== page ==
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Are there any tools available to help automate the process of reverse engineering file formats? In particular, I'm interested in tools that use dynamic analysis of an application to parse the format, and less interested in visualization or hex editor-type tools (e.g. 010 Editor).

There is some academic literature on the topic:

Has any of this made it into practice?

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You don't state the purpose. If you want to fully understand the format and not just automate certain initial aspects of the analysis, it will be very hard to come up with a generic enough tool. This is what domain-specific languages and extensible tools (010 Editor, scripting languages) exist for. I'm not aware of any tools that would "do it all" at the moment.

Tools such as 010 Editor in fact provide additional useful information such as a histogram (giving clues about the entropy, compression/encryption) and give you the binary templates to refine your knowledge about the file format more and more. The most annoying aspect is how limited the scripting is and that you can't, for example, write plugins (imagine being able to decompress bzip2 or deflate streams and such, something commonly found but not at all supported by 010 Editor). One of the major sore points with me and 010 Editor has been that I hit some syntactic limitations of binary templates to express something vital and had to work around that in weird ways (parametrized structs being a major pain), although this is exactly the problem it tries to address with its own DSL. I think we're in dire need of a FLOSS solution (and I was in fact looking into Luaizing frhed at some point).

A file format could be under a layer of encryption or compression and that could be separate per section of the file, not per file. There could be several layers. While I don't want to go as far as to state that it's outright impossible to come up with anything like that, there is a reason why IDA is interactive, for example. In most RCE tasks even the best heuristics can't replace the skills and experience of a seasoned reverse engineer. From experience I would apply the same to reverse engineering of file formats.

I, too, reversed some file formats and usually use a combination of writing a parser in a scripting languages on one hand and writing a binary template for 010 Editor on the other hand. The latter provides a nice fallback, because even if the parsing fails, I can go there, investigate what's going on, adjust and re-run. Lather, rinse, repeat ... you get the idea.

The biggest challenge by far was finding out the more arcane aspects such as integers encoded in 24 bit, sometimes LSB and sometimes MSB first, dates, trees based on xoring two indexes from elsewhere, a few bits being used from one byte and a few from another having particular meaning... that stuff. And I really cannot imagine how you would fill those gaps without reverse engineering the code reading/writing the format originally. Lacking any documentation/standard, it's the best reference you got.

Also, don't underestimate the power of visualization. Of course a single angle, such as a histogram, only provides little information. But there are plenty of interesting algorithms to apply to unknown data and see structures.

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    I should clarify: I'm not looking for something that automates everything -- as you say, a tool like IDA would be best. But there's a whole lot of room for improvement between fully manual and fully automated. Even a tool that just annotated a file with the code that parsed each range of bytes would be hugely valuable. – Brendan Dolan-Gavitt Mar 27 '13 at 19:09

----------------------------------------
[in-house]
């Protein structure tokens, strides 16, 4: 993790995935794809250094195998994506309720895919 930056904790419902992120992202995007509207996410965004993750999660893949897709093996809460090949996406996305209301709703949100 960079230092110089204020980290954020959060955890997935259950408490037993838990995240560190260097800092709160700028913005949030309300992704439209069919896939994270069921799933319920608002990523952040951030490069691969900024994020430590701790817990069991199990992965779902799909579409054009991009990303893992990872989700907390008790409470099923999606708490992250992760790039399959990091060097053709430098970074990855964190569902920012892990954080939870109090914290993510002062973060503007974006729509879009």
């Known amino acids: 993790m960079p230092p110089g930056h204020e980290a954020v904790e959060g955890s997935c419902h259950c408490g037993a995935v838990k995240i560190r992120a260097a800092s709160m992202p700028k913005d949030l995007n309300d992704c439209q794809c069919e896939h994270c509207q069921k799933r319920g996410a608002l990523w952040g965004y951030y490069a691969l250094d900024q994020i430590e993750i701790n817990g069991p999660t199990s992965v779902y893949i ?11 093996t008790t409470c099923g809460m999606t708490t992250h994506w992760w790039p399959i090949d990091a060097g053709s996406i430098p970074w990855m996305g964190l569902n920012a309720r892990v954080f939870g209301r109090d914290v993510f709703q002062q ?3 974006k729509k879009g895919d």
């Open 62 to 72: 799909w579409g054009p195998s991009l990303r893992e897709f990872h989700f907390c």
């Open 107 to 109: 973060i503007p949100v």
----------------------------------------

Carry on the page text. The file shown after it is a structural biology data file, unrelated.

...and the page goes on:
• @BrendanDolan-Gavitt: I totally agree. Alas, I'm not aware of any. It would be dependent on the architecture and moreover the platform to be meaningful. I could, however, imagine that something like that exists to parse the output of strace, for example. – 0xC0000022L Mar 27 '13 at 19:16
  • Also want to add that I definitely don't discount visualization; I've done a little bit of work toward that here and here. Those are both portions of the PDB file format, and it is very helpful to visually see the access patterns to get an idea of where structure boundaries are. – Brendan Dolan-Gavitt Mar 27 '13 at 19:43
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The academy is very far from industry, which is always many-many years ahead. I think there is nothing 'magical' to reverse engineer file formats. Indeed, I reversed various file formats and the very 1st time I did this I tried to find if there was such a tool. But, there was nothing at that time and I don't think there is anything at all today.

It's possible to write a tool that 'automagically' detects some patterns and creates an initial structure to start working on without the need to start from zero but I don't think anything else exists.

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    It's a shame if no tools exist -- I can think of lots of automation that would be quite useful, particularly if we bring in some data flow analysis! Perhaps another thing to add to my todo list... – Brendan Dolan-Gavitt Mar 27 '13 at 17:57
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Not a direct answer to your question, but I guess it could help.

There have been more attempts at analyzing unknown network protocols and I guess some ideas and techniques could be applied to analyzing unknown file formats. Some of the papers are:

There is also Netzob tool:

Netzob is an open source tool for reverse engineering, traffic generation and fuzzing of communication protocols. It allows to infer the message format and the state machine of a protocol through passive and active processes. The model can afterward be used to simulate realistic and controllable trafic.

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